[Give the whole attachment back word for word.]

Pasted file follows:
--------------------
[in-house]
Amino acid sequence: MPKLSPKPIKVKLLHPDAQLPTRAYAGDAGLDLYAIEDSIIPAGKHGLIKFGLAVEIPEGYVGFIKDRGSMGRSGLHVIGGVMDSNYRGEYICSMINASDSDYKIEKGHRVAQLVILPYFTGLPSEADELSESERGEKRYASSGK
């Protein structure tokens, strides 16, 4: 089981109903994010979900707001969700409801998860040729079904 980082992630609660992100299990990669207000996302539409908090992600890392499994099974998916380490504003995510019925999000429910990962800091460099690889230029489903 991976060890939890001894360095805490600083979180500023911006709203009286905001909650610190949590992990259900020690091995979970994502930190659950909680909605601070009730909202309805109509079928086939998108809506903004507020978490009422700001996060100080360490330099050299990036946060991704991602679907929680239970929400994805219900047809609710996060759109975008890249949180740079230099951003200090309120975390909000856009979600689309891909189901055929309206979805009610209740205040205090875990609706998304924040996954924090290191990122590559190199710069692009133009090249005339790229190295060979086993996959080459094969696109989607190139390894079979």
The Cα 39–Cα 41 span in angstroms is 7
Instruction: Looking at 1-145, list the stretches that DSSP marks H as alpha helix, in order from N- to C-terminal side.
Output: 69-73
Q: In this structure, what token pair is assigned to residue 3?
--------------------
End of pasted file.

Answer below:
[in-house]
Amino acid sequence: MPKLSPKPIKVKLLHPDAQLPTRAYAGDAGLDLYAIEDSIIPAGKHGLIKFGLAVEIPEGYVGFIKDRGSMGRSGLHVIGGVMDSNYRGEYICSMINASDSDYKIEKGHRVAQLVILPYFTGLPSEADELSESERGEKRYASSGK
């Protein structure tokens, strides 16, 4: 089981109903994010979900707001969700409801998860040729079904 980082992630609660992100299990990669207000996302539409908090992600890392499994099974998916380490504003995510019925999000429910990962800091460099690889230029489903 991976060890939890001894360095805490600083979180500023911006709203009286905001909650610190949590992990259900020690091995979970994502930190659950909680909605601070009730909202309805109509079928086939998108809506903004507020978490009422700001996060100080360490330099050299990036946060991704991602679907929680239970929400994805219900047809609710996060759109975008890249949180740079230099951003200090309120975390909000856009979600689309891909189901055929309206979805009610209740205040205090875990609706998304924040996954924090290191990122590559190199710069692009133009090249005339790229190295060979086993996959080459094969696109989607190139390894079979």
The Cα 39–Cα 41 span in angstroms is 7
Instruction: Looking at 1-145, list the stretches that DSSP marks H as alpha helix, in order from N- to C-terminal side.
Output: 69-73
Q: In this structure, what token pair is assigned to residue 3?